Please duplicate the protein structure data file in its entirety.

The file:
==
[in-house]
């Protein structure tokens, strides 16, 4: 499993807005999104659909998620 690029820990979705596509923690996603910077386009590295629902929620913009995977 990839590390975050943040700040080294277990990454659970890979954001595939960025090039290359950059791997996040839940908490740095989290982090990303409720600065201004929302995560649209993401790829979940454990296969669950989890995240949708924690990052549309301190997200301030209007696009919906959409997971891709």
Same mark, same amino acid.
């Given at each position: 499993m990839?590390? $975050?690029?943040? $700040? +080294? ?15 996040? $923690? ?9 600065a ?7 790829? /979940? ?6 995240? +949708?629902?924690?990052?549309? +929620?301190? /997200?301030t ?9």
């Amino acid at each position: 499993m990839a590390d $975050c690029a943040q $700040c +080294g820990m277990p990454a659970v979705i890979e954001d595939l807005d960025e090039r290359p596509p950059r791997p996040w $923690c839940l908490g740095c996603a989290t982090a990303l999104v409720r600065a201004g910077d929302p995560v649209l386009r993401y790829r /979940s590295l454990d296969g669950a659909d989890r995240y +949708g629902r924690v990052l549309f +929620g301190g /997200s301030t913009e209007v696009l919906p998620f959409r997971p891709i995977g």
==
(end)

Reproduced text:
[in-house]
């Protein structure tokens, strides 16, 4: 499993807005999104659909998620 690029820990979705596509923690996603910077386009590295629902929620913009995977 990839590390975050943040700040080294277990990454659970890979954001595939960025090039290359950059791997996040839940908490740095989290982090990303409720600065201004929302995560649209993401790829979940454990296969669950989890995240949708924690990052549309301190997200301030209007696009919906959409997971891709």
Same mark, same amino acid.
């Given at each position: 499993m990839?590390? $975050?690029?943040? $700040? +080294? ?15 996040? $923690? ?9 600065a ?7 790829? /979940? ?6 995240? +949708?629902?924690?990052?549309? +929620?301190? /997200?301030t ?9």
């Amino acid at each position: 499993m990839a590390d $975050c690029a943040q $700040c +080294g820990m277990p990454a659970v979705i890979e954001d595939l807005d960025e090039r290359p596509p950059r791997p996040w $923690c839940l908490g740095c996603a989290t982090a990303l999104v409720r600065a201004g910077d929302p995560v649209l386009r993401y790829r /979940s590295l454990d296969g669950a659909d989890r995240y +949708g629902r924690v990052l549309f +929620g301190g /997200s301030t913009e209007v696009l919906p998620f959409r997971p891709i995977g």